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Government-Industry Partnerships for the Development of New Technologies “crowding in” phenomena with public investments in R&D providing the needed signals to attract private investment.4 The Committee’s study highlights the need to provide support for basic and applied research across a broad range of disciplines, especially in relatively neglected disciplines such as physics, chemistry, mechanical, and electrical engineering. These disciplines underpin continued advances in information technology, a major source of economic growth. They are also essential for continued progress in health. Capitalizing on the nation’s substantial investments in biomedicine requires complementary investments in often seemingly unrelated disciplines supporting information technology. Partnerships offer a means to integrate the diverse participants in the U.S. innovation system.5 Partnerships provide an institutional structure with financial and policy incentives within which companies, universities, national laboratories, and research institutes can cooperate to accelerate the development of promising technologies. Partnerships are also a versatile means of achieving pressing national objectives. In times of national need, such as the current struggle with terrorism, partnerships can be an effective means to accelerate the development of the technologies required to meet new requirements for security in areas such as health and transportation. Partnerships have a demonstrated capability to marshal national expertise from industry, government, and universities to help meet national needs.6 Programs such as the SBIR and ATP offer proven mechanisms for ad- 4 David, Hall, and Toole survey the econometric evidence over the past 35 years. They note that the “findings overall are ambivalent and the existing literature as a whole is subject to the criticism that the nature of the ‘experiment(s)’ that the investigators envisage is not adequately specified.” It seems that both crowding out and crowding in can occur. The essential finding is that the evidence is inconclusive and that assumptions about crowding out are unsubstantiated. The outcome appears to depend on the specifics of the circumstance, and these are not adequately captured in available data. See Paul A. David, Bronwyn H. Hall, and Andrew A. Toole, “Is Public R&D a Complement or Substitute for Private R&D? A Review of the Econometric Evidence.” NBER Working Paper 7373, October 1999. Relatedly, Feldman and Kelley cite the “halo effect” created by ATP awards in helping firms signal their potential to private investors. See Maryann Feldman and Maryellen Kelley, “Leveraging Research and Development: The Impact of the Advanced Technology Program,” in National Research Council, The Advanced Technology Program, C. Wessner, ed., Washington D.C.: National Academy Press, 2001. 5 See Richard Nelson, National Innovation System, New York: Oxford University Press, 1993. 6 See National Research Council, Making the Nation Safer, The Role of Science and Technology in Countering Terrorism, Washington D.C.: National Academy Press, 2002. This report notes that “for the government and private sector to work together on increasing homeland security, effective public-private partnerships and cooperative projects must occur. There are many models for government-industry collaboration—cooperative research and development agreements, the NIST Advanced Technology Program, and the Small Business Innovative Research program, to cite a few” (p. 359).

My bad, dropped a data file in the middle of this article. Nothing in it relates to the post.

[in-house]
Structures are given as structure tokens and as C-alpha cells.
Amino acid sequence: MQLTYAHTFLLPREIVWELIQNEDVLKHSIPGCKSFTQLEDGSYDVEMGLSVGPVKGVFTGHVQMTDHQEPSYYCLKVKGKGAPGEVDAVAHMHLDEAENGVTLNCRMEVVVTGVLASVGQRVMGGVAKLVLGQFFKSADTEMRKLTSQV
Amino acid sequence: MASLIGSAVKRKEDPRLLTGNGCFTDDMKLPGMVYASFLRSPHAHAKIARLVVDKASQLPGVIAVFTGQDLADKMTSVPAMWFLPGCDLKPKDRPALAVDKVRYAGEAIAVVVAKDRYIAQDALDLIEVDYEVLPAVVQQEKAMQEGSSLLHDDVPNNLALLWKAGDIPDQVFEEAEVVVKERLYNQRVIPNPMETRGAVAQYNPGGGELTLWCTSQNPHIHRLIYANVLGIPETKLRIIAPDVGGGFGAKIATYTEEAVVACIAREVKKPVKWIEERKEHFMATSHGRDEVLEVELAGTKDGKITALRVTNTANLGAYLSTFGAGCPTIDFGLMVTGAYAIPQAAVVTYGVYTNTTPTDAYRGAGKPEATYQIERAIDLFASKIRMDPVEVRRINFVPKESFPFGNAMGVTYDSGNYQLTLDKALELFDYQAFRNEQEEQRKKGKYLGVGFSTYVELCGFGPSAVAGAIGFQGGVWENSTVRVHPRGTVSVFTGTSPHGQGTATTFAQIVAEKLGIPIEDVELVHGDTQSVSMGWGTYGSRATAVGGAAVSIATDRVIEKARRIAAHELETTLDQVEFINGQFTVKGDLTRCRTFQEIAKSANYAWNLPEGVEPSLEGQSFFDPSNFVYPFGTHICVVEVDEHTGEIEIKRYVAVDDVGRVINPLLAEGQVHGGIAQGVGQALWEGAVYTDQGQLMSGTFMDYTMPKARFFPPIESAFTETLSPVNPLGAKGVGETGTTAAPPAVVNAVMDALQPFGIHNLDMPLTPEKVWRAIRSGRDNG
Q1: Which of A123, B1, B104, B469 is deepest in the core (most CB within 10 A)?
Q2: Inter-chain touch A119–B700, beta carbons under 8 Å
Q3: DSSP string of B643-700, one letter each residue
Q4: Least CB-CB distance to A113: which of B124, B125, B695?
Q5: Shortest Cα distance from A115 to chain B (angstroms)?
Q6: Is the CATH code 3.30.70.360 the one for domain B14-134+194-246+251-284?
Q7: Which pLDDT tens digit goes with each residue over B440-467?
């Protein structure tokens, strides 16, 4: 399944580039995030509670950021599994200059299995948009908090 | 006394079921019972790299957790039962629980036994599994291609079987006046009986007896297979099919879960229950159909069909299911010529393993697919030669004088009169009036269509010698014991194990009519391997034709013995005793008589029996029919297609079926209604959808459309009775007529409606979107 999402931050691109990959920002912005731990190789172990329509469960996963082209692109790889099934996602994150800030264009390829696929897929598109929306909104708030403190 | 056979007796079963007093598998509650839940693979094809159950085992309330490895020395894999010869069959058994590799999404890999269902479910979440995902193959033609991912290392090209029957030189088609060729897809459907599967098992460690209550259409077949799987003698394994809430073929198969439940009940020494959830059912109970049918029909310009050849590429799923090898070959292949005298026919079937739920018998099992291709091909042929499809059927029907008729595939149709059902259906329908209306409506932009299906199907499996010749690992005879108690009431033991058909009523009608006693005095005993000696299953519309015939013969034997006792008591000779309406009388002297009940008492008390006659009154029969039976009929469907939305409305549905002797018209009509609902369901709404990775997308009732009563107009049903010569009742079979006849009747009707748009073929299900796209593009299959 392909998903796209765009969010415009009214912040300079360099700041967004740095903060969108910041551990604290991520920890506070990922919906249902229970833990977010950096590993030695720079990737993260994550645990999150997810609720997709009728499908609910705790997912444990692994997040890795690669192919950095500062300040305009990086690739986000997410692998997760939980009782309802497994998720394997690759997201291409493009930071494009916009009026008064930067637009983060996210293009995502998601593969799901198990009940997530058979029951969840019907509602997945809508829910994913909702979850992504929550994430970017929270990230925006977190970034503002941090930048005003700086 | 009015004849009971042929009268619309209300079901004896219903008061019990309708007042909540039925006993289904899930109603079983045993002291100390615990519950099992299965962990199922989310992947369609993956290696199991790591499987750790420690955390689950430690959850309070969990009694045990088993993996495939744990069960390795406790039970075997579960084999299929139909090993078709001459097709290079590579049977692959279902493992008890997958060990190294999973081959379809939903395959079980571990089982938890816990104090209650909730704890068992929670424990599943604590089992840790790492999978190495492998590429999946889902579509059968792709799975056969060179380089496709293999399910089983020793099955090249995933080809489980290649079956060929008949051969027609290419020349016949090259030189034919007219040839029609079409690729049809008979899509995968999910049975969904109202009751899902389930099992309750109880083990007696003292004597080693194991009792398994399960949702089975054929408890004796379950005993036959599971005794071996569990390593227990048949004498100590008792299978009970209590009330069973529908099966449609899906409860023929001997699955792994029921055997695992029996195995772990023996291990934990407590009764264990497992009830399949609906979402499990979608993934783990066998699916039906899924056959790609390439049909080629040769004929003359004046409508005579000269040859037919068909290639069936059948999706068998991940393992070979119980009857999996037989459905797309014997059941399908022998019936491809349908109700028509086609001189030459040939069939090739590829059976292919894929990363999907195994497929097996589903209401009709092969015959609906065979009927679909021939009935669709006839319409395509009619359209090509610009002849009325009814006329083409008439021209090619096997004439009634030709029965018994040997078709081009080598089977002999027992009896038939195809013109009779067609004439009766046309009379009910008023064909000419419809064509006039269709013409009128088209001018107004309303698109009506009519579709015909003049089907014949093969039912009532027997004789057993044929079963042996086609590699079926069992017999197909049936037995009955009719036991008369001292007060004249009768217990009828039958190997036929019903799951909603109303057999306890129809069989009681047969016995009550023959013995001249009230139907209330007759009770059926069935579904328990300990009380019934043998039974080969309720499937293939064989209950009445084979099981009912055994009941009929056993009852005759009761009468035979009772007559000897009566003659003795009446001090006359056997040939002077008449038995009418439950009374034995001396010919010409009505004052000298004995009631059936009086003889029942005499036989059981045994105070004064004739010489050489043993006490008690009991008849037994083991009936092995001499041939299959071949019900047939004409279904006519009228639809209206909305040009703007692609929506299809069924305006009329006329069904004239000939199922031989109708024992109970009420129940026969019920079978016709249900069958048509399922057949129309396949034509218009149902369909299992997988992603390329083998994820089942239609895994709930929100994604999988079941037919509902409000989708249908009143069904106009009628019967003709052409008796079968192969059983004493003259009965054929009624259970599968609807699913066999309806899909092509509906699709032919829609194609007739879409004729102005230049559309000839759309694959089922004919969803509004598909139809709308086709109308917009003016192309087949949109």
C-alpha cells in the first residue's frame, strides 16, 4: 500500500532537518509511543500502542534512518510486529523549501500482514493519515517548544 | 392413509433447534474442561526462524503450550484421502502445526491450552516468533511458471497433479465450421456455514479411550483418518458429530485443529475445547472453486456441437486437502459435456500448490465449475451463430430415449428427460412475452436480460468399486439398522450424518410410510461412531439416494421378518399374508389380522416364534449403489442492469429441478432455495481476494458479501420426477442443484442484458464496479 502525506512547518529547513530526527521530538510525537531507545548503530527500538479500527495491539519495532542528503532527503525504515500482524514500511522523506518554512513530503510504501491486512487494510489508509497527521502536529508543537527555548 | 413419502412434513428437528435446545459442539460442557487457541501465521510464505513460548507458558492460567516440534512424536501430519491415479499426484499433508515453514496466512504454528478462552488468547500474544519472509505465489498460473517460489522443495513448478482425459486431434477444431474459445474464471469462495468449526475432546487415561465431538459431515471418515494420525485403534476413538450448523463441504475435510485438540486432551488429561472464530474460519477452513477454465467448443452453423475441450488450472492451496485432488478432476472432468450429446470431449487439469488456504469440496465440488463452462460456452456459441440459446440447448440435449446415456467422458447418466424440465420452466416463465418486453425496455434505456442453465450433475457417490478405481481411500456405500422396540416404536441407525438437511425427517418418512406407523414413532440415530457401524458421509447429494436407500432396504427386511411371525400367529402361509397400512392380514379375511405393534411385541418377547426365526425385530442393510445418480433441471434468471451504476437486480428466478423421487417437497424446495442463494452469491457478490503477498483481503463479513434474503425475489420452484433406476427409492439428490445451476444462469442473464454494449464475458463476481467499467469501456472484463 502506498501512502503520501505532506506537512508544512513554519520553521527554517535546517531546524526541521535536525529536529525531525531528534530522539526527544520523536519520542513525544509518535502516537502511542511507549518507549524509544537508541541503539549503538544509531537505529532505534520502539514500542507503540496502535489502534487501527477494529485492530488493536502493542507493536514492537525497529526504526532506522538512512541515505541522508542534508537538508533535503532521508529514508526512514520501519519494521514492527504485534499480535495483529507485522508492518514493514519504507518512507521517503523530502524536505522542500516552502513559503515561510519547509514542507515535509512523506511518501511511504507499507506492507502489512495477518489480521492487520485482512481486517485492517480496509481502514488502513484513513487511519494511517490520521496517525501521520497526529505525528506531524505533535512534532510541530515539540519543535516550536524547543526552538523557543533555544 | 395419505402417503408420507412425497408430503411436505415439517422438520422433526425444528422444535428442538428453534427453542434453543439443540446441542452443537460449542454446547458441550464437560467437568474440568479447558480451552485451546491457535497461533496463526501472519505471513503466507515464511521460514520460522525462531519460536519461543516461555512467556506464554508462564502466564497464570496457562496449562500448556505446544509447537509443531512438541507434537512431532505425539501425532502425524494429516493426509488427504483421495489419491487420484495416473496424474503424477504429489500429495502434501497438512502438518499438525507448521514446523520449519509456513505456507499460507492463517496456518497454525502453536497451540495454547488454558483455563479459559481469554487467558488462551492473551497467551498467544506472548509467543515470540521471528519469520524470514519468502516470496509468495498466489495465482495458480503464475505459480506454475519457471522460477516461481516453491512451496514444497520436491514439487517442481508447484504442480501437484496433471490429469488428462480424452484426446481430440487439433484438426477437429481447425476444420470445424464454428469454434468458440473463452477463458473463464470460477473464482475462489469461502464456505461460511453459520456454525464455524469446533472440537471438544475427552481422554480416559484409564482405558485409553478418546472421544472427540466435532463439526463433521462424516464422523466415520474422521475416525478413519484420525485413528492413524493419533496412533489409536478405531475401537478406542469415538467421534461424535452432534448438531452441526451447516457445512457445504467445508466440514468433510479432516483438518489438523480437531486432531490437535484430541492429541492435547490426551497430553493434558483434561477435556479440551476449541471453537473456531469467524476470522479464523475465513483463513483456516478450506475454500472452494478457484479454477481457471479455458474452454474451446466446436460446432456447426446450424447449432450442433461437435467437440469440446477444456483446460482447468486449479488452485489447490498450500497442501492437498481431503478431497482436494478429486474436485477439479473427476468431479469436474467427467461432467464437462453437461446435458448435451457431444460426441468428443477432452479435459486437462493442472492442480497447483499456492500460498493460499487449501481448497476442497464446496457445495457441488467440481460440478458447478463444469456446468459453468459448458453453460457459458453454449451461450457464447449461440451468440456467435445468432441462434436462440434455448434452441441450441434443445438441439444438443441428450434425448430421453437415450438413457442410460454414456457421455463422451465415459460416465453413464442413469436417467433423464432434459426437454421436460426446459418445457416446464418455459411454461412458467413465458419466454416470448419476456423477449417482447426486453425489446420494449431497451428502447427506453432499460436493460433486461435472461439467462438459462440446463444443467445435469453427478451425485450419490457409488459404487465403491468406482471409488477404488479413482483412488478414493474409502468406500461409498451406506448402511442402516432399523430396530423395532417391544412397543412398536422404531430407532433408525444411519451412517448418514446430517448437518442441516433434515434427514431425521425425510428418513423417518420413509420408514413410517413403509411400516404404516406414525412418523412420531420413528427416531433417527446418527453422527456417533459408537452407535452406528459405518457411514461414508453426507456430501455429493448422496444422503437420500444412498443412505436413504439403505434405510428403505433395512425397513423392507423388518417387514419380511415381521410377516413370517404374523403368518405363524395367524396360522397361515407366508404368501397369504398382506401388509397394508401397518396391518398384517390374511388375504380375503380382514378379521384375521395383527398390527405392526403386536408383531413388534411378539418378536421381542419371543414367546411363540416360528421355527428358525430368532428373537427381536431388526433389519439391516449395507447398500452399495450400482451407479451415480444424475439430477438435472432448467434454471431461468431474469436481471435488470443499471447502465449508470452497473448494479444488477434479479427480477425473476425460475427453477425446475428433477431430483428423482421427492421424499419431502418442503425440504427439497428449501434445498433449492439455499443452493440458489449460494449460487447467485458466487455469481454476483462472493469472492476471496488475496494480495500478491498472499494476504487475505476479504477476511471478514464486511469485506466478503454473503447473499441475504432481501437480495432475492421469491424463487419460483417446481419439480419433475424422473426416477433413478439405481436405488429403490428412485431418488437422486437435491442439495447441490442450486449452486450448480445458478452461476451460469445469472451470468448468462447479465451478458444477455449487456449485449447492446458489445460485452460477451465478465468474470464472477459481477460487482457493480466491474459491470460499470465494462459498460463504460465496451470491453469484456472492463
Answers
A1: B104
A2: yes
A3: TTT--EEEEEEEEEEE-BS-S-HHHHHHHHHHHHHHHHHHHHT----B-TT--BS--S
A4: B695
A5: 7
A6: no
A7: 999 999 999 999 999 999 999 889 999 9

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Government-Industry Partnerships for the Development of New Technologies vancing the development of new technologies to address national missions.7 Because they are flexible and can be organized on an ad hoc basis, partnerships are an effective means to rapidly focus diverse expertise and innovative technologies to help counter new threats. 7 The National Institute of Allergies and Infectious Diseases at the National Institutes of Health, for example, has rapidly expanded its efforts in support of research on possible agents of bio-terrorism in response to recent threats and attacks. Specifically, NIAID has expanded research to develop countermeasures—including vaccines, therapeutics, and diagnostic tests—needed to respond and control the release of agents of bio-terrorism. An important tool in this effort has been the SBIR program. See NIAID FY 2003 Budget Justification Narrative at <http://www.niaid.nih.gov/director/congress/2002/cj/>.